Tra<strong>in</strong><strong>in</strong>g on Implement<strong>in</strong>g Projects: 90 ParticipantsDMoE Inspectors Directors PTAs2 20 24 44Total Participants 90Appreciation of Tra<strong>in</strong><strong>in</strong>gContentAppreciation of Activitiesdur<strong>in</strong>g Tra<strong>in</strong><strong>in</strong>gUnderstand<strong>in</strong>g ofTra<strong>in</strong><strong>in</strong>g ContentYes 90,27% 88,88% 87,5%No 9,72% 11,11% 12,5%Women Leader Exchange Visit: 34 women leaders participated <strong>in</strong> an exchange visit.Appreciation of ExchangeVisitAppreciation of Activitiesdur<strong>in</strong>g Tra<strong>in</strong><strong>in</strong>gUnderstand<strong>in</strong>g andValue of Exchange VisitYes 91,17% 97,05% 100%No 8,82% 2,94% 0%Tra<strong>in</strong><strong>in</strong>g <strong>in</strong> Conflict Management (4 groups)Tra<strong>in</strong><strong>in</strong>g Content relates toObjectivesAppreciation of Activities Understand<strong>in</strong>g & useof tra<strong>in</strong><strong>in</strong>g materialYes 95% 97.8% 95%No 5% 2.2% 5%Human Resources Tra<strong>in</strong><strong>in</strong>g : 21 ParticipantsAREF DMoE NEF8 12 1Total Participants 21Tra<strong>in</strong><strong>in</strong>g Content relates toObjectivesAppreciation of Activities Understand<strong>in</strong>g & useof tra<strong>in</strong><strong>in</strong>g materialYes 94,74% 94,74% 100%No 5,26% 5,26% 0%F<strong>in</strong>ancial Management Tra<strong>in</strong><strong>in</strong>g: 29 ParticipantsAREF DMoE NEF5 23 1Total Participants 29Tra<strong>in</strong><strong>in</strong>g Content relates toObjectivesAppreciation of Activities Understand<strong>in</strong>g & useof tra<strong>in</strong><strong>in</strong>g materialYes 96% 80% 96%No 4% 20% 4%<strong>Community</strong> <strong>Involvement</strong> <strong>in</strong> <strong>Primary</strong> <strong>Education</strong> <strong>Reform</strong> 25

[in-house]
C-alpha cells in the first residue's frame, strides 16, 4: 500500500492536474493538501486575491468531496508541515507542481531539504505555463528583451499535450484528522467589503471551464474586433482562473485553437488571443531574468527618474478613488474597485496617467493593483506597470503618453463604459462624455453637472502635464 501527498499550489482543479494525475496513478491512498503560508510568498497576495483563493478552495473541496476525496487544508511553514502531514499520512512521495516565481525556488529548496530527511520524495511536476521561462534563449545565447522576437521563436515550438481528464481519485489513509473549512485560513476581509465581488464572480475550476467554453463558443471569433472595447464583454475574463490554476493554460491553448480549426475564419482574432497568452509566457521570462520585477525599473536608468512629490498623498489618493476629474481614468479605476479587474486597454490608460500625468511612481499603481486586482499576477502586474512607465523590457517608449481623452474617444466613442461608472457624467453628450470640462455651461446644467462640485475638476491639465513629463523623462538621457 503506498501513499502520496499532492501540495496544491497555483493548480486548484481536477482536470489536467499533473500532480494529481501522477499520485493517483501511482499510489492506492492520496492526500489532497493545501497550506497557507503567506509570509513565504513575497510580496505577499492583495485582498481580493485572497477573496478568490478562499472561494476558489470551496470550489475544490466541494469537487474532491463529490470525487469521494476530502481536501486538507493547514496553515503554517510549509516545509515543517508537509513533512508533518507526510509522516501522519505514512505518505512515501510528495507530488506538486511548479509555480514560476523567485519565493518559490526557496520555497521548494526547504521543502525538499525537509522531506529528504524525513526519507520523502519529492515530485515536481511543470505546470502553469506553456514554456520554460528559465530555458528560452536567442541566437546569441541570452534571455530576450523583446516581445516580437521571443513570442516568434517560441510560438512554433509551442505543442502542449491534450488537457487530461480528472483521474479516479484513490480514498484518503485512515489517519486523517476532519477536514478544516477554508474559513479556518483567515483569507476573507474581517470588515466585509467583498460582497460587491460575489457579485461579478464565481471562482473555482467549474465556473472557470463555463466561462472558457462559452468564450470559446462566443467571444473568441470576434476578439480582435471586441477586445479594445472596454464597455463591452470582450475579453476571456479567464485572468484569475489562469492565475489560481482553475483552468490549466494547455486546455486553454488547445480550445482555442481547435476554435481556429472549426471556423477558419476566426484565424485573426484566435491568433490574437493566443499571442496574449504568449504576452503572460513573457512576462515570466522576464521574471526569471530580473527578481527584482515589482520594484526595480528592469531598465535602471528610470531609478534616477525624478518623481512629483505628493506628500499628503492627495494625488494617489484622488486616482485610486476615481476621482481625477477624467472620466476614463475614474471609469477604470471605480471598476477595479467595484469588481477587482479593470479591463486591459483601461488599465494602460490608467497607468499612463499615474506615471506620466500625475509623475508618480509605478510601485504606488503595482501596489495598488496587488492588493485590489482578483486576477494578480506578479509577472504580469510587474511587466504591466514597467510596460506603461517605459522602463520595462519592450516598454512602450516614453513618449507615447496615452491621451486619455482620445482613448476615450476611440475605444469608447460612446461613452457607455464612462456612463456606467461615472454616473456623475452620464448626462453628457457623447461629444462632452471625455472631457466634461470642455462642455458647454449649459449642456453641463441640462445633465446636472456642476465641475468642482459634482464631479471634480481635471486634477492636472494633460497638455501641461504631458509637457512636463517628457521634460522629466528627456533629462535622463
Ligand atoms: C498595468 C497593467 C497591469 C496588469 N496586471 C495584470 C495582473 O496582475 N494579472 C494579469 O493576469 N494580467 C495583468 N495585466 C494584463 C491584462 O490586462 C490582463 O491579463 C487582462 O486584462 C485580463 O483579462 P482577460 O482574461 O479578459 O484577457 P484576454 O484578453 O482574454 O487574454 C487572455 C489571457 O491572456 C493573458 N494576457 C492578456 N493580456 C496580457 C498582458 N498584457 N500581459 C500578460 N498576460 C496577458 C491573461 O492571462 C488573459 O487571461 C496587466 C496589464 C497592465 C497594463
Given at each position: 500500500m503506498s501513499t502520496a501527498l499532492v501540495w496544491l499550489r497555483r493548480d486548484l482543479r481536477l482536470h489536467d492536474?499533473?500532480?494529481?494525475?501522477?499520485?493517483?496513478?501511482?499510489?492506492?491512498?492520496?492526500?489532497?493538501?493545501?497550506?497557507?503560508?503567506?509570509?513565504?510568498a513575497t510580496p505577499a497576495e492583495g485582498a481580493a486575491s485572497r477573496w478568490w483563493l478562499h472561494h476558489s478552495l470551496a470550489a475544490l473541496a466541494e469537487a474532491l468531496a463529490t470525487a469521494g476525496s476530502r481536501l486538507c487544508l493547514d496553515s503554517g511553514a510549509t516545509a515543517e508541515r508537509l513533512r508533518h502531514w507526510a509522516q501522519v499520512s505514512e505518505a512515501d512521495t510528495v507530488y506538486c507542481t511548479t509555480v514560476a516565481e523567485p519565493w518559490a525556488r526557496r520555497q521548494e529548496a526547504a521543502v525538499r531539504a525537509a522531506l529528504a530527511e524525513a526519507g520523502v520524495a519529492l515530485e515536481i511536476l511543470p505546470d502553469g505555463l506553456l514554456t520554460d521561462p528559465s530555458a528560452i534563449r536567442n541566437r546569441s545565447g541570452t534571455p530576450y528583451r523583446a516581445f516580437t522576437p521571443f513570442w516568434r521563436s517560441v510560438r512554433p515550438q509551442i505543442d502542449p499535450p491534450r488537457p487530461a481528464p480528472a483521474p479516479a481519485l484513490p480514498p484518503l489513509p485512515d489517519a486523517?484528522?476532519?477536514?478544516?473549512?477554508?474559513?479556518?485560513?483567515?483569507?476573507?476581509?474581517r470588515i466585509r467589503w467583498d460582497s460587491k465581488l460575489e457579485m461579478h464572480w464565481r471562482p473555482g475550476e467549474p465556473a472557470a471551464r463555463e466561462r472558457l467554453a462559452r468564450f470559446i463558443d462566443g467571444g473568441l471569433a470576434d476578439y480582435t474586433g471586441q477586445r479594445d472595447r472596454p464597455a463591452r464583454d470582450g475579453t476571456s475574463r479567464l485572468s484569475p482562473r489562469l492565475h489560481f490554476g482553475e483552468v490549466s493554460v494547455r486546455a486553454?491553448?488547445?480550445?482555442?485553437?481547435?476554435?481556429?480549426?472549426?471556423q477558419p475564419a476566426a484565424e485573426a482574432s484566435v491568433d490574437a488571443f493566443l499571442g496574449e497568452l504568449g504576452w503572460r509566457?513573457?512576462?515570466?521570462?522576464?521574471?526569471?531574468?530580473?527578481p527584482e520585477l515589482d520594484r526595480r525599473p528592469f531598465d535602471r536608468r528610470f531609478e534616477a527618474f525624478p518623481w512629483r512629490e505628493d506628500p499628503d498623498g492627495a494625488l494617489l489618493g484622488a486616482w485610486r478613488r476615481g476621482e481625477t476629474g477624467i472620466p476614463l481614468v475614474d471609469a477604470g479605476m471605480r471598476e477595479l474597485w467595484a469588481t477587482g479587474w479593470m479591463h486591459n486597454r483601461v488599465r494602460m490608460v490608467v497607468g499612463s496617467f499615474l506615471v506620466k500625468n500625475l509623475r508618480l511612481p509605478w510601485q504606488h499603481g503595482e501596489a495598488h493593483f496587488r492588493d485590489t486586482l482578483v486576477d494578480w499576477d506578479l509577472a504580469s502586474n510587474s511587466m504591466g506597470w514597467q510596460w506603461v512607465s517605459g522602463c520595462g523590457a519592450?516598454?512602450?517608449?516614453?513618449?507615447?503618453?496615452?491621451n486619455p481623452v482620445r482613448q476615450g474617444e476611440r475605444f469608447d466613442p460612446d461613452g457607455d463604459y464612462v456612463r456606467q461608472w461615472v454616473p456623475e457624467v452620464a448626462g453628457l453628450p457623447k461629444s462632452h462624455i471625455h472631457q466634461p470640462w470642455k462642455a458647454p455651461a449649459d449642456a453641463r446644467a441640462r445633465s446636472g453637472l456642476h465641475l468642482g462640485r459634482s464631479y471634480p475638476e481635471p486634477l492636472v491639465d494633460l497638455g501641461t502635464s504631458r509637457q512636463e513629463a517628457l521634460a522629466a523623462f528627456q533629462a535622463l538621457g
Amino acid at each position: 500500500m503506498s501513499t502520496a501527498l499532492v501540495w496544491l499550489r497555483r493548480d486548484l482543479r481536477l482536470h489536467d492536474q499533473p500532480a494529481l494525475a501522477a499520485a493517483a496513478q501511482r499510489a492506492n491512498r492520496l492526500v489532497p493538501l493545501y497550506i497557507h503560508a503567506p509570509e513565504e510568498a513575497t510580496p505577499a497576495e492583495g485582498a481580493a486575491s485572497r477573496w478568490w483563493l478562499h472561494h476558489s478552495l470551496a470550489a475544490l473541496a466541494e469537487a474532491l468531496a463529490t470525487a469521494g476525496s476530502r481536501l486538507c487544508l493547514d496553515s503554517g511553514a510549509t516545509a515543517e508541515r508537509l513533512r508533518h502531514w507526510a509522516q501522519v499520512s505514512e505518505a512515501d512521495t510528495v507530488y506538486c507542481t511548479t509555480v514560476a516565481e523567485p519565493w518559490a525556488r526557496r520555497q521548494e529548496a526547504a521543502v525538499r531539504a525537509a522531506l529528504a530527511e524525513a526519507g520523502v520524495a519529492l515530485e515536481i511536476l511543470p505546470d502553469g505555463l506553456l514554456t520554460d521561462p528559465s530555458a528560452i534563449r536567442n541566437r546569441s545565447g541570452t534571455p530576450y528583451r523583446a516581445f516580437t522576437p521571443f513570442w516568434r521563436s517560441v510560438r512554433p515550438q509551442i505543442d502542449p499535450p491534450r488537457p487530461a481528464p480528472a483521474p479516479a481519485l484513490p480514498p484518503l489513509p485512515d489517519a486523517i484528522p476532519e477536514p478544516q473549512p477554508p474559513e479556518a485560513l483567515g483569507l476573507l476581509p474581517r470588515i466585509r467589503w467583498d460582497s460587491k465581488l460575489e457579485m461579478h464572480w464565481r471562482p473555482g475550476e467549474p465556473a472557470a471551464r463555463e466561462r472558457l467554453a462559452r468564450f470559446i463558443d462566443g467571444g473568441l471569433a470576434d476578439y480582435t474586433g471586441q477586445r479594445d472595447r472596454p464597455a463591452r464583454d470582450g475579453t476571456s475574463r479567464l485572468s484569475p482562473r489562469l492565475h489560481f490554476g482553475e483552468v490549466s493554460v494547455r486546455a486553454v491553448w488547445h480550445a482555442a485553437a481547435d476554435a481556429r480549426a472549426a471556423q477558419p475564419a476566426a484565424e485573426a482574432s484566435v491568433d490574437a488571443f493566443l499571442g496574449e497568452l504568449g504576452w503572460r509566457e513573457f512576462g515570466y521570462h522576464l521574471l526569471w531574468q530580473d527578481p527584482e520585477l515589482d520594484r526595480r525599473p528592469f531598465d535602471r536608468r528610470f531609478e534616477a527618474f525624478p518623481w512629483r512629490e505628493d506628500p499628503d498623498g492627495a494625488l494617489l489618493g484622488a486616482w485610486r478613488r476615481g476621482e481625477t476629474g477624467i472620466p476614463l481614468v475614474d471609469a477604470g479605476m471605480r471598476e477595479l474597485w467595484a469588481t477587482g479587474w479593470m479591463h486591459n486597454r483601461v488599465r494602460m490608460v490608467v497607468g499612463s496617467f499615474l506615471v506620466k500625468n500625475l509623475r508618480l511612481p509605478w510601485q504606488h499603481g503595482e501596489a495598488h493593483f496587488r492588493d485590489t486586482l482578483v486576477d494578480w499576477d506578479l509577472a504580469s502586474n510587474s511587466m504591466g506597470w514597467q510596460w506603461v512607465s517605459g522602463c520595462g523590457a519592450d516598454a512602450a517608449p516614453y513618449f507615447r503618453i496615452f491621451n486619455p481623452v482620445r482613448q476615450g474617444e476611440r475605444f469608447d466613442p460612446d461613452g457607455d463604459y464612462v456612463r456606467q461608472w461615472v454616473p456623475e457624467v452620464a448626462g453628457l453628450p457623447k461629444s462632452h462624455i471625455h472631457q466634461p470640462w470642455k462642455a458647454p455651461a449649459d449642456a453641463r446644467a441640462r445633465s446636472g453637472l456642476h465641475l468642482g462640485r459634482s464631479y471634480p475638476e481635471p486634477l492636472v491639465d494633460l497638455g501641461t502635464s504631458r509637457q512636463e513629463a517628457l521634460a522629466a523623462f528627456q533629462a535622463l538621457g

Tra<strong>in</strong><strong>in</strong>g on Results-Oriented Management: 31 ParticipantsPTAs Directors Teachers Rural Communes3 4 22 2Total Participants 31Appreciation of Tra<strong>in</strong><strong>in</strong>gContentAppreciation of Activitiesdur<strong>in</strong>g Tra<strong>in</strong><strong>in</strong>gUnderstand<strong>in</strong>g ofTra<strong>in</strong><strong>in</strong>g ContentYes 96,55% 100% 100%No 3,44% 0% 0%Strategic Plann<strong>in</strong>g Tra<strong>in</strong><strong>in</strong>g: 87 participantsGroup ADMoE PTAs SSAs Directors2 8 8 8Total Participants 26Group BGroup CAppreciation of Tra<strong>in</strong><strong>in</strong>gContentAppreciation of Activitiesdur<strong>in</strong>g Tra<strong>in</strong><strong>in</strong>gUnderstand<strong>in</strong>g ofTra<strong>in</strong><strong>in</strong>g ContentYes 12% 4% 8%No 92% 96% 92%AREF PTAs SSA Director2 11 11 11Total des participants 34Appreciation of Tra<strong>in</strong><strong>in</strong>gContentAppreciation of Activitiesdur<strong>in</strong>g Tra<strong>in</strong><strong>in</strong>gUnderstand<strong>in</strong>g ofTra<strong>in</strong><strong>in</strong>g ContentYes 94% 85% 91%No 6% 15% 9%Delegations Participants TotalDMoE Inspectors Directors PTAsEssaouira 3 2 3 4 12Chichawa 5 3 3 4 15Total 8 5 6 8 27Appreciation of Tra<strong>in</strong><strong>in</strong>gContentAppreciation of Activitiesdur<strong>in</strong>g Tra<strong>in</strong><strong>in</strong>gUnderstand<strong>in</strong>g ofTra<strong>in</strong><strong>in</strong>g ContentYes 99% 100% 100%No 1% 0% 0%<strong>Community</strong> <strong>Involvement</strong> <strong>in</strong> <strong>Primary</strong> <strong>Education</strong> <strong>Reform</strong> 26